Emergency meetings on foot and mouth disease held by Ekka organisers and government officials have found "no reason" why livestock events should not go ahead.
RNA chief executive Brendan Christou held talks last week with Biosecurity Queensland and the Department of Agriculture and Fisheries, with biosecurity advising the risk of FMD was "very low" and re-iterated the virus was not present in Australia.
"Biosecurity Queensland has advised the RNA that with our biosecurity measures in place, livestock events at this year's Ekka can be held successfully and there is no reason why the show in its current format and program of events should not go ahead," Mr Christou said.
The RNA boss said they would continue to work closely with the department on its biosecurity measures and implementation.
He said biosecurity had been an integral part of the Ekka from the first show in 1876 and was a major part of pre-planning across all aspects of the show each year.
Ekka expects 1300 head of cattle to compete in the stud beef and led steer competitions, with the first lot arriving at the showgrounds on Saturday for judging before the official show program kicks off on August 4.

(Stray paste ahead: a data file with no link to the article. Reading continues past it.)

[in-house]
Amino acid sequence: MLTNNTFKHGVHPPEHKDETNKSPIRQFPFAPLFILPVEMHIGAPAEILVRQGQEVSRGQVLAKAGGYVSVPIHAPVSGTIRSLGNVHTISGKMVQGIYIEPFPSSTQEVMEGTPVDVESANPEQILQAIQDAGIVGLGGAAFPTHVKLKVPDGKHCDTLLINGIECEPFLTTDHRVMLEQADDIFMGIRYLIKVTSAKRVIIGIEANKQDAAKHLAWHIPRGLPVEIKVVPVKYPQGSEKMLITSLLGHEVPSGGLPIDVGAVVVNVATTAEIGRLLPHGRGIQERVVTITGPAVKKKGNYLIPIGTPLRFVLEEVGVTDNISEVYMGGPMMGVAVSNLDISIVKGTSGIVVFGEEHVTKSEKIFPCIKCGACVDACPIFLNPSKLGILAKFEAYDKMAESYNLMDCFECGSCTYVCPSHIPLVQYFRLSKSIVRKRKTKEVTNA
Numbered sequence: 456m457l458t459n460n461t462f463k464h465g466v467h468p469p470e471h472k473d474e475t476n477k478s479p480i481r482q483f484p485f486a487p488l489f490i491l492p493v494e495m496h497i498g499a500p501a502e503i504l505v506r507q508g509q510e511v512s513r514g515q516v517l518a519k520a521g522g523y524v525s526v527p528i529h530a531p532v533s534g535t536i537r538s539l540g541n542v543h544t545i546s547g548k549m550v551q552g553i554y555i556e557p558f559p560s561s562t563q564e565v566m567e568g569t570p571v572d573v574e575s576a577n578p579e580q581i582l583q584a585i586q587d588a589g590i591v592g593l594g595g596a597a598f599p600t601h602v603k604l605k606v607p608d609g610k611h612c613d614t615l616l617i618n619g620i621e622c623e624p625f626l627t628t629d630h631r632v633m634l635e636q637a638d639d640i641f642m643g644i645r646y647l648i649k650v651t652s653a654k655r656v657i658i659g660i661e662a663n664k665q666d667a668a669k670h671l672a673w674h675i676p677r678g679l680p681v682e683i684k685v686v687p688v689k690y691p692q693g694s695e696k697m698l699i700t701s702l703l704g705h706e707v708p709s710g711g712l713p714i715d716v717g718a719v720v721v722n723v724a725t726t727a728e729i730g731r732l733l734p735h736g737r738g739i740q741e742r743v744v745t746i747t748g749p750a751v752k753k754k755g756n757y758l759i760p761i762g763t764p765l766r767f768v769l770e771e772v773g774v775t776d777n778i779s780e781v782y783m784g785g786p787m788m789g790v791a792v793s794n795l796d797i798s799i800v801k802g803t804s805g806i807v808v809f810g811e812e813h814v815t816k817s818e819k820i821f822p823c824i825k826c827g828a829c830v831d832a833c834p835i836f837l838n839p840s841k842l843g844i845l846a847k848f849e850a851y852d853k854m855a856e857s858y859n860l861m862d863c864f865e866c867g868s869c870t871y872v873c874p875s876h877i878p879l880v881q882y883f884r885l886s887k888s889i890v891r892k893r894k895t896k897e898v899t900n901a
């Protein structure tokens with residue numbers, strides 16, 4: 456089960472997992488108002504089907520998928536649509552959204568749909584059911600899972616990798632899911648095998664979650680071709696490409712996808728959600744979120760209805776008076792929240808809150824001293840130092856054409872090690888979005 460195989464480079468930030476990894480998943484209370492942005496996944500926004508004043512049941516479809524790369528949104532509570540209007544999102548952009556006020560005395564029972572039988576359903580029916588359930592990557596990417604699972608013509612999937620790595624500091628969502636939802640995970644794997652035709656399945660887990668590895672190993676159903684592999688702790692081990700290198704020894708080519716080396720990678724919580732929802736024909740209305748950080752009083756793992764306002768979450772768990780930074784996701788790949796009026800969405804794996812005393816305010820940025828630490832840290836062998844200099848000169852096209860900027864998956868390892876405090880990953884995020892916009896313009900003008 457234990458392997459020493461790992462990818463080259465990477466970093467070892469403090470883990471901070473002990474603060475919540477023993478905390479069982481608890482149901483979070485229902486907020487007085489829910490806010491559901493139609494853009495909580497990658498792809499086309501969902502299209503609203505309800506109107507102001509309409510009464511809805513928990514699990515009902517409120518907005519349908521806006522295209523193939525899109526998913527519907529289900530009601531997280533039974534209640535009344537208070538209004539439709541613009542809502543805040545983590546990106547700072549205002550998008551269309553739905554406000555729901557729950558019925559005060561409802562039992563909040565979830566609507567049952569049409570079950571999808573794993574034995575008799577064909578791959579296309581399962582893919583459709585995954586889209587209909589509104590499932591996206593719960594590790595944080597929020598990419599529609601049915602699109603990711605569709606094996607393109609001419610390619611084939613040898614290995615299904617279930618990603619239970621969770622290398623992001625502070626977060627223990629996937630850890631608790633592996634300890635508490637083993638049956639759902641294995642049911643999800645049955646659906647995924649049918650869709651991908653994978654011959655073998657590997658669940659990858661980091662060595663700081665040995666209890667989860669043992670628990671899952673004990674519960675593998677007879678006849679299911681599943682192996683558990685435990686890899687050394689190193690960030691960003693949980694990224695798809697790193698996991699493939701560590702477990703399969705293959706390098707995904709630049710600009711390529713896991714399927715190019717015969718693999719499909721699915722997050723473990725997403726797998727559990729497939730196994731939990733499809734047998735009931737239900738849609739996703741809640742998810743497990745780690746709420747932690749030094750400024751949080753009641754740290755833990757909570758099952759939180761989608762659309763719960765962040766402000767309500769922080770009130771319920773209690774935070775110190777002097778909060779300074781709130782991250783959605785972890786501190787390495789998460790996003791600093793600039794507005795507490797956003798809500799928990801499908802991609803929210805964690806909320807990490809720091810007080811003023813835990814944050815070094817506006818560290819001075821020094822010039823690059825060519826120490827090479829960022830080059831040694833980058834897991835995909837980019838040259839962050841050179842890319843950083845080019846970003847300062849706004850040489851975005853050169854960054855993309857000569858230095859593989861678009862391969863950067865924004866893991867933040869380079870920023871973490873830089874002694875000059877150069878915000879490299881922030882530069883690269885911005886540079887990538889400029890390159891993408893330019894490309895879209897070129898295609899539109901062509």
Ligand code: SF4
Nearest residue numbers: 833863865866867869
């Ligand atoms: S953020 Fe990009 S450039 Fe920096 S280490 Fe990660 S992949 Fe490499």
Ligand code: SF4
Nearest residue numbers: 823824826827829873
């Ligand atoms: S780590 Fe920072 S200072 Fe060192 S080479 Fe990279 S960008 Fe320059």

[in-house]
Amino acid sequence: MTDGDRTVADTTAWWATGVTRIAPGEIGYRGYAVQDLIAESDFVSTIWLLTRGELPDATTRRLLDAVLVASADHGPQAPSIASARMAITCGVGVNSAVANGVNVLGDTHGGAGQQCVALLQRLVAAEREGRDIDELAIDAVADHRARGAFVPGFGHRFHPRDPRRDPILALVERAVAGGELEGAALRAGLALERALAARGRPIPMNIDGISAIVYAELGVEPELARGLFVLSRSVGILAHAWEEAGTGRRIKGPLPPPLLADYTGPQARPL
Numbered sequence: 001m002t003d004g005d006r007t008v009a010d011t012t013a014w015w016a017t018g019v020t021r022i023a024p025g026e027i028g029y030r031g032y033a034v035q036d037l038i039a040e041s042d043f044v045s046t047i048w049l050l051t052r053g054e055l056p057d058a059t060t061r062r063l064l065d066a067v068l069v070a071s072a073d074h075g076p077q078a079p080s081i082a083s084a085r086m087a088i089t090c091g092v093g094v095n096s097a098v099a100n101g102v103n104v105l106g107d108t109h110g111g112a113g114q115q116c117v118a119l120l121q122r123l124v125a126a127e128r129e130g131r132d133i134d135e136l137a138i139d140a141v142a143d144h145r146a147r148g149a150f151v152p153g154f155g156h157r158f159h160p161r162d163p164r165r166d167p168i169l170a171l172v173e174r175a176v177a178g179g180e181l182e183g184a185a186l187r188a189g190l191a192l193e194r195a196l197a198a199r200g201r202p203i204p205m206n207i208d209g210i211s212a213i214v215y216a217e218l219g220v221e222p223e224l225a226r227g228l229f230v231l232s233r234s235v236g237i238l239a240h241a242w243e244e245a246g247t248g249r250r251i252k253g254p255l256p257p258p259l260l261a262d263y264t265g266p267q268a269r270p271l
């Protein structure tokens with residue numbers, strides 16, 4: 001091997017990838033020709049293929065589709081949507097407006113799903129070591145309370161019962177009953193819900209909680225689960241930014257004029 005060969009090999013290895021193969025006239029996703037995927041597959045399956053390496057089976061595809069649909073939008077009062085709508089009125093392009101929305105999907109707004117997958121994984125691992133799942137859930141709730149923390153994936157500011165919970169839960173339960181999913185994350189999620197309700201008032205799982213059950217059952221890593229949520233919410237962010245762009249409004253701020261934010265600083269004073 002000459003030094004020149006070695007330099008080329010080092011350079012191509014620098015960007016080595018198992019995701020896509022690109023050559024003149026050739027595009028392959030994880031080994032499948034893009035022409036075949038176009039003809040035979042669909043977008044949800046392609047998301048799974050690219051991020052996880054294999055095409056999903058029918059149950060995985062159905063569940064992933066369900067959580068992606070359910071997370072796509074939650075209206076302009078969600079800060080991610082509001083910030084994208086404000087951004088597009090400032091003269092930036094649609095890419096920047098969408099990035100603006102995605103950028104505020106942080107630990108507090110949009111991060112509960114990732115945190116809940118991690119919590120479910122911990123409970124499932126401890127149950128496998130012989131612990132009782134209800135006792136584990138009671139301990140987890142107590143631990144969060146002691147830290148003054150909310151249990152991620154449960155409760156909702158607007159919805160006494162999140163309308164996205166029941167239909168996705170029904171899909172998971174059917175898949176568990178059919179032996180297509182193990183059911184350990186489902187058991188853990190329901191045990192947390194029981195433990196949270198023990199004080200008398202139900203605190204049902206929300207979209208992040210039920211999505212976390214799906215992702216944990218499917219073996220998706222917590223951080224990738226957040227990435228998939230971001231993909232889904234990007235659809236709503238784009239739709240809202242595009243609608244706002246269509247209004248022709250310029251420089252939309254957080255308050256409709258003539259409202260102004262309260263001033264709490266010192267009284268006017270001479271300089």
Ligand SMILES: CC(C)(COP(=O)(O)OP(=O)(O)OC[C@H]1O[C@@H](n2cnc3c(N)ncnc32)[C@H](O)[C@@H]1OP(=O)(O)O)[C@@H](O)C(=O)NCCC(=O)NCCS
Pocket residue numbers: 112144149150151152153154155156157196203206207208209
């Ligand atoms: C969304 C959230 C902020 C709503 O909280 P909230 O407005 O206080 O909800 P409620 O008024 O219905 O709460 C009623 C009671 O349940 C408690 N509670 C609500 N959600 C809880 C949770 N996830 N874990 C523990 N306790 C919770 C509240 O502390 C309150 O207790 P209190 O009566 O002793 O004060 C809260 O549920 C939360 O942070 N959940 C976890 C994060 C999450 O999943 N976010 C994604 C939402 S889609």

Biosecurity Queensland confirms it has been liaising directly with Ekka senior management and their veterinary team about current emergency animal disease risks including FMD.
A spokesperson said Ekka had a "robust" biosecurity management plan in place, but asked all exhibitors to be vigilant.
"All livestock competitors and exhibitors will be asked to increase their level of vigilance in monitoring livestock on property before moving, to ensure only healthy animals come onto the show grounds," the spokesperson said.
The decision comes as reports emerge of people calling for livestock to be cut from Melbourne Royal Show, which runs September 22 to October 2.
Animal Health Australia recently published an article by Agricultural Shows Australia detailing what an emergency animal disease outbreak would mean for an ag show.
ASA says if FMD is detected, a national livestock standstill for 72 hours means people cannot transport or admit animals to the showgrounds while the standstill remains operative.
"If there are animals currently housed at the showgrounds, they cannot be removed and must remain until the standstill is lifted," the article says.
"If the showgrounds is an infected property, susceptible animals on site may be euthanised and the carcases disposed of appropriately."
It says producers are fully compensated for animals destroyed as part of the disease response.
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